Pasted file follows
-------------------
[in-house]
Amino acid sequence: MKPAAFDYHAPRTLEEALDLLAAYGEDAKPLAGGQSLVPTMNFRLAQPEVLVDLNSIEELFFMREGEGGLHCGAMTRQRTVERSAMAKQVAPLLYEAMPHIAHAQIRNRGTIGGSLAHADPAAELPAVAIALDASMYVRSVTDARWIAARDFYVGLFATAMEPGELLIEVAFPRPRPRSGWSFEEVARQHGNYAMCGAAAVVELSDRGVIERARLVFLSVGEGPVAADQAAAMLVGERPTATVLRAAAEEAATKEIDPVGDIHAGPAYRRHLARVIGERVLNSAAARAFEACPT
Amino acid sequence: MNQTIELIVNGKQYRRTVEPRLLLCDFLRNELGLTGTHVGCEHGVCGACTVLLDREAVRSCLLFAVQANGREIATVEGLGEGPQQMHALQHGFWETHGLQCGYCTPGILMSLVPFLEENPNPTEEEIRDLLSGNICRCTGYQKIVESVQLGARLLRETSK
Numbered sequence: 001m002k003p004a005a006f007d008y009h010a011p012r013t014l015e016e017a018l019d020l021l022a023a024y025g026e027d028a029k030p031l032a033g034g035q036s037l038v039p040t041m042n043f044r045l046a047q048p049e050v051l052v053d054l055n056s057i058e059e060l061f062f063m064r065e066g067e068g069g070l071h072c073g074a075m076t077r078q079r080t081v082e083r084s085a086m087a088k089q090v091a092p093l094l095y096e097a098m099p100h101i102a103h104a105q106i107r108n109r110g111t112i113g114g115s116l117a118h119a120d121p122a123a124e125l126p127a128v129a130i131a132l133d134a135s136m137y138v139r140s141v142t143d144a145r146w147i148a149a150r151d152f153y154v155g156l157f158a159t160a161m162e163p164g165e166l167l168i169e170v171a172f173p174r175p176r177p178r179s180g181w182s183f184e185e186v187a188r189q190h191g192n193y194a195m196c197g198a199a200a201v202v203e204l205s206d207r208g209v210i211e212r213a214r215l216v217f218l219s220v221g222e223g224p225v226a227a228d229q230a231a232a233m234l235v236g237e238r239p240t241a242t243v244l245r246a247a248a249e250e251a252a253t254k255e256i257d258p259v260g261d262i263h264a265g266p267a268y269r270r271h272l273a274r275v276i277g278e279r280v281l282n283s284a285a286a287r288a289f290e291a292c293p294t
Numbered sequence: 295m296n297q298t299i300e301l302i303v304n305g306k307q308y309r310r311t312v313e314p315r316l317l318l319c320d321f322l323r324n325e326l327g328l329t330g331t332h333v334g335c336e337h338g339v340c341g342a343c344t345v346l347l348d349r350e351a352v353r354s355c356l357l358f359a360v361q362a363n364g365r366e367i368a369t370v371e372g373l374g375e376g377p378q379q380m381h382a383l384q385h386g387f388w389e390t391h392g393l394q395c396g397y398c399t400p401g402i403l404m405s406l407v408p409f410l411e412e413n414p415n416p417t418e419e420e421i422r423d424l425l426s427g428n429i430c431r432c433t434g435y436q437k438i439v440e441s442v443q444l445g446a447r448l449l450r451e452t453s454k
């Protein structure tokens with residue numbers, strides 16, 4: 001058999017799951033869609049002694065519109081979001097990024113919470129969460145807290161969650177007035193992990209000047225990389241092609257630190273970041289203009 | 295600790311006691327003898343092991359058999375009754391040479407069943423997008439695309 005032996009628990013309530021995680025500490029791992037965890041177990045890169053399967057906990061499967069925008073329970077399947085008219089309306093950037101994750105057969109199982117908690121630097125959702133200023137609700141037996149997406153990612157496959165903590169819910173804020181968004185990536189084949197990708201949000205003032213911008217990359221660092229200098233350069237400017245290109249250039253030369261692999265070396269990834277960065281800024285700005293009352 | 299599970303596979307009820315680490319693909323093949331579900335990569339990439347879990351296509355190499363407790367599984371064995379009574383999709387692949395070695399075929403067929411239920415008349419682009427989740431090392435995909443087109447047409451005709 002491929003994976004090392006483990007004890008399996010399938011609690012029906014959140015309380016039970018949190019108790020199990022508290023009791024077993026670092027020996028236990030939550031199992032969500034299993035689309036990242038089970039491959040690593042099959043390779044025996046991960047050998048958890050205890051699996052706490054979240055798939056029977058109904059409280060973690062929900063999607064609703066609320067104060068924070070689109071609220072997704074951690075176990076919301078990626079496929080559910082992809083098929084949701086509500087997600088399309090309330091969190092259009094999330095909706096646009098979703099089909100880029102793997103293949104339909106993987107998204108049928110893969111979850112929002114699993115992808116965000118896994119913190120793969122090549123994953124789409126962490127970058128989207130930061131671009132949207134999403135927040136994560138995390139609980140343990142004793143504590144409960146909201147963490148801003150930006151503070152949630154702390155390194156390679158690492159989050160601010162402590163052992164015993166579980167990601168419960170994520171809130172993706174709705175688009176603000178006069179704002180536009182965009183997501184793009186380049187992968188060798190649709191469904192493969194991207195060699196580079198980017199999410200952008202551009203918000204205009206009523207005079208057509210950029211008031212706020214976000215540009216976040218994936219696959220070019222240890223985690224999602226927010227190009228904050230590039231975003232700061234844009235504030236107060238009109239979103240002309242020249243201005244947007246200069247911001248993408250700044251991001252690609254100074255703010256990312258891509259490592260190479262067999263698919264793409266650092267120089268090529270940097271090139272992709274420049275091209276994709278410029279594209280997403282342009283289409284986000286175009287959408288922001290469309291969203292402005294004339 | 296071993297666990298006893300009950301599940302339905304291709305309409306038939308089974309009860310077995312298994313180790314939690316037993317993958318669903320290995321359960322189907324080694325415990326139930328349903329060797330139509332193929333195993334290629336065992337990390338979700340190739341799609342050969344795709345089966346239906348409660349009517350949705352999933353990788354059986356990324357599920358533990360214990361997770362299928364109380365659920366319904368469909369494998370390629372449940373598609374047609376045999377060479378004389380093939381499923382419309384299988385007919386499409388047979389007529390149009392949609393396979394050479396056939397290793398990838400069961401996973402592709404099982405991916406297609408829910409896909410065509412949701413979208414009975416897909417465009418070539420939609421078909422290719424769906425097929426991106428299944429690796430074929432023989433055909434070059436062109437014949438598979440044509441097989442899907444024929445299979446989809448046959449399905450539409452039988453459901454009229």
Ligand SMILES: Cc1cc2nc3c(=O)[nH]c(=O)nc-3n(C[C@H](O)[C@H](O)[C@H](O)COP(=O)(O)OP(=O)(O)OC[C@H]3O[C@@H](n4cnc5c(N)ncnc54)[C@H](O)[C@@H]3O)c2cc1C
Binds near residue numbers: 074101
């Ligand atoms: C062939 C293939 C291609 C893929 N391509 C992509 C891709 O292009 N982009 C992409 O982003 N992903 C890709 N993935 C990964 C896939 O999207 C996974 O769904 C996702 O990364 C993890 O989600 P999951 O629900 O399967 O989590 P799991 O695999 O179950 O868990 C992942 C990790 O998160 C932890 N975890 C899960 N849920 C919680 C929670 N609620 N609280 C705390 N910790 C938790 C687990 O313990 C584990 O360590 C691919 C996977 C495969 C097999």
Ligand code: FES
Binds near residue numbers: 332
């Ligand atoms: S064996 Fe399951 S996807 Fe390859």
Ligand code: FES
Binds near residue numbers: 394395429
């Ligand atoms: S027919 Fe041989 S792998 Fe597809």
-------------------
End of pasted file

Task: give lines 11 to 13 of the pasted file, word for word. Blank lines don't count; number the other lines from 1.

Binds near residue numbers: 332
């Ligand atoms: S064996 Fe399951 S996807 Fe390859």
Ligand code: FES